Three years ago, Beijing installed camera-equipped machines in the Temple of Heaven lavatories to dispense exactly 28-inches of toilet roll per person.
The system used facial recognition technology to lock out access to individuals who wanted more than their fair share - and it worked. Toilet paper thefts disappeared overnight.
Such Orweillian technology is being used throughout China amid the coronavirus outbreak to monitor everything from a citizen’s movements to what they buy at the supermarkets.
A ‘smile to pay’ system, for instance, allows shoppers to make purchases simply by posing in front of a camera-equipped point-of-sale machine. Facial recognition software then links an image of their face to their bank account, allowing them to be charged automatically.
But could similar tools be used by UK supermarkets to combat panic buying?
The technology is ready and available, says Will Broome, the chief executive of shopping app Ubamarket. His ‘scan, pay and go’ app, which has been tested by the likes of Budgens and Londis, uses facial recognition to allow customers to be approved to buy products without ID checks at the till.
The feature could be adapted to combat stockpiling and help deliver supplies to match demand. It could, in effect, become the modern-day version of the ration book.
“If you do that extra registration step on the app, which we can make compulsory, it will cross reference you with your passport,” says Broome.
“It may well be what it will be that retailers will start to choose that option. They may like to enable the whole identification side of things because they want to know exactly what the shopper is doing and at what time.”
Not only would that help monitor supplies, but it could provide the government with a powerful tool to enforce its quarantine rules.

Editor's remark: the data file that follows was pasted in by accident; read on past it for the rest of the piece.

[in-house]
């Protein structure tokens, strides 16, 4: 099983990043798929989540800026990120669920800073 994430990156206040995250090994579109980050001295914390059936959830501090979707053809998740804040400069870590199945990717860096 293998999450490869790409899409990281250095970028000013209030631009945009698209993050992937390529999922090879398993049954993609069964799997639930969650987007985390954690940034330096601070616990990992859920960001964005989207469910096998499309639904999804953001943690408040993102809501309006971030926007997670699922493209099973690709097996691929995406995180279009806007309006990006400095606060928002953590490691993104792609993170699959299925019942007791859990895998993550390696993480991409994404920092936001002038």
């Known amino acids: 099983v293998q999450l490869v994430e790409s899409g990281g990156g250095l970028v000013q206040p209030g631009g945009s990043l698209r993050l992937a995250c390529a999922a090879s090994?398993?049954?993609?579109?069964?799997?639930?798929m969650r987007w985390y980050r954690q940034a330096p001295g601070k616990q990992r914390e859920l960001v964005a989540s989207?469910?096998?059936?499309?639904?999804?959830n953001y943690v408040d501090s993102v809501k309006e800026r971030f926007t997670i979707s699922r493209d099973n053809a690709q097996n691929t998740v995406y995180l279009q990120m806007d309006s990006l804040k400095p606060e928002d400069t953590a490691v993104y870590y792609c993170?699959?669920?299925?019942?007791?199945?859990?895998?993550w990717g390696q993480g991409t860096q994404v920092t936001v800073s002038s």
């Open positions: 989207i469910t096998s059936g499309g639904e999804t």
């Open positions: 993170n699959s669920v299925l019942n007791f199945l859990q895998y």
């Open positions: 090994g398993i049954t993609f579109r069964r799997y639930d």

Russia has already taken this step. Since last month, thousands of Muscovites have been confined to their homes for 14 days of compulsory quarantine after returning from virus-hit countries, being in contact with those infected or diagnosed with mild symptoms.
Police have logged their details and warned them that if they are caught sneaking out by Moscow’s 170,000 security cameras, they could land a five-year jail term or deportation for foreigners.
"We are constantly checking that this regulation is being observed, including through the use of automated facial recognition systems," Mayor Sergei Sobyanin wrote in his blog in February.
"The probability of a mistake by our facial recognition algorithm is 1 in 15 million," said Alexander Minin, CEO of NtechLab, the company that won the city's tender to supply the technology for the 2018 World Cup in Russia.
The firm's devices, which have been exported to China and Latin America, can identify someone from their silhouette alone "80pc of the time," he says.
Regardless of such claims, British citizens are far less likely to accept such draconian surveillance - even in a time of crisis, says Charlotte Walker-Obsorn, international head of artificial intelligence at Eversheds Sutherland.
“Many people may consider it as an excessive use of personal data. The UK privacy law has very limited scope for use of facial recognition, if any.”
As well as privacy and legal concerns, there are fears that cyber criminals could exploit facial recognition data to create everything from fake bank accounts to passports.
“It scares the life out of me, if I’m honest,” says Matt Lock, technical director at cybersecurity business Varonis. “[Your face] is something that you can't ever change. It's something that once it's out there, it's gone. You have little to no control over being able to change this information.
“I'm sure these things will help all sorts of situations. But inevitably, things could go awry.. it's basically handing all the information onto a plate for somebody that could quite easily manipulate it.”
Public opinion in the UK may yet shift if the worst case scenario of coronavirus plays out. On balance, security and privacy concerns could be outweighed by efforts to save lives.
But just as it took years to get rid of rationing after World War II, any technologies Britain implements now may linger long after coronavirus has been defeated.